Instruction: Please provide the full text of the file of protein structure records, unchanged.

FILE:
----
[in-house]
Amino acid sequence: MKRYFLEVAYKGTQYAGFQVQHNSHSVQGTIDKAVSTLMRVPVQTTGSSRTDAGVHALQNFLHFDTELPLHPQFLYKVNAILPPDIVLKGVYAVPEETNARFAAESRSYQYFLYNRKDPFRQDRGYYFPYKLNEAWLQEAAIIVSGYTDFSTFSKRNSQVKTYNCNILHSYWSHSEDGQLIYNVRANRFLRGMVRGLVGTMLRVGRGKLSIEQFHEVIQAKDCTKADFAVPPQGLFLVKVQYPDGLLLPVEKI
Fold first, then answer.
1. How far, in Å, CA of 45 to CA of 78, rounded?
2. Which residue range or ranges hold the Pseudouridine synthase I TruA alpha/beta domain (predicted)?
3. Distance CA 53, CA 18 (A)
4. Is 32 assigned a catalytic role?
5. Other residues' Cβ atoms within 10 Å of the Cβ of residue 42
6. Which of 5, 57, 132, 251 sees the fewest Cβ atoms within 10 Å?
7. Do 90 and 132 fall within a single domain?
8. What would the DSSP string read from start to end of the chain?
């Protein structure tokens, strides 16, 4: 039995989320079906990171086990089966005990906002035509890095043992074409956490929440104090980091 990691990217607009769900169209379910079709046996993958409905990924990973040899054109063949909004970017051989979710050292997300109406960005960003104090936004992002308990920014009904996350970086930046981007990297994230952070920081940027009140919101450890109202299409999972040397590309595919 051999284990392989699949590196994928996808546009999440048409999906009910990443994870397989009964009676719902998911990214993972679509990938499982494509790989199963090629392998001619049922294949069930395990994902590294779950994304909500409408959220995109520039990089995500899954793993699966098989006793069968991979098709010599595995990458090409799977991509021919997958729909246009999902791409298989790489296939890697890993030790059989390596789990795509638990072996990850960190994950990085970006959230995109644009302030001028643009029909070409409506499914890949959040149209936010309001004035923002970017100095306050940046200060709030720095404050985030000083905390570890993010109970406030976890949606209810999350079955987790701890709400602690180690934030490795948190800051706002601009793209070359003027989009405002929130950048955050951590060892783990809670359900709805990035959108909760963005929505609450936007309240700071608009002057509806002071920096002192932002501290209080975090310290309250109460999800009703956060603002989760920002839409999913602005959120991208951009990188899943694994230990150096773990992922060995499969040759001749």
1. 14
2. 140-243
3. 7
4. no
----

[in-house]
Amino acid sequence: MKRYFLEVAYKGTQYAGFQVQHNSHSVQGTIDKAVSTLMRVPVQTTGSSRTDAGVHALQNFLHFDTELPLHPQFLYKVNAILPPDIVLKGVYAVPEETNARFAAESRSYQYFLYNRKDPFRQDRGYYFPYKLNEAWLQEAAIIVSGYTDFSTFSKRNSQVKTYNCNILHSYWSHSEDGQLIYNVRANRFLRGMVRGLVGTMLRVGRGKLSIEQFHEVIQAKDCTKADFAVPPQGLFLVKVQYPDGLLLPVEKI
Fold first, then answer.
1. How far, in Å, CA of 45 to CA of 78, rounded?
2. Which residue range or ranges hold the Pseudouridine synthase I TruA alpha/beta domain (predicted)?
3. Distance CA 53, CA 18 (A)
4. Is 32 assigned a catalytic role?
5. Other residues' Cβ atoms within 10 Å of the Cβ of residue 42
6. Which of 5, 57, 132, 251 sees the fewest Cβ atoms within 10 Å?
7. Do 90 and 132 fall within a single domain?
8. What would the DSSP string read from start to end of the chain?
């Protein structure tokens, strides 16, 4: 039995989320079906990171086990089966005990906002035509890095043992074409956490929440104090980091 990691990217607009769900169209379910079709046996993958409905990924990973040899054109063949909004970017051989979710050292997300109406960005960003104090936004992002308990920014009904996350970086930046981007990297994230952070920081940027009140919101450890109202299409999972040397590309595919 051999284990392989699949590196994928996808546009999440048409999906009910990443994870397989009964009676719902998911990214993972679509990938499982494509790989199963090629392998001619049922294949069930395990994902590294779950994304909500409408959220995109520039990089995500899954793993699966098989006793069968991979098709010599595995990458090409799977991509021919997958729909246009999902791409298989790489296939890697890993030790059989390596789990795509638990072996990850960190994950990085970006959230995109644009302030001028643009029909070409409506499914890949959040149209936010309001004035923002970017100095306050940046200060709030720095404050985030000083905390570890993010109970406030976890949606209810999350079955987790701890709400602690180690934030490795948190800051706002601009793209070359003027989009405002929130950048955050951590060892783990809670359900709805990035959108909760963005929505609450936007309240700071608009002057509806002071920096002192932002501290209080975090310290309250109460999800009703956060603002989760920002839409999913602005959120991208951009990188899943694994230990150096773990992922060995499969040759001749």
1. 14
2. 140-243
3. 7
4. no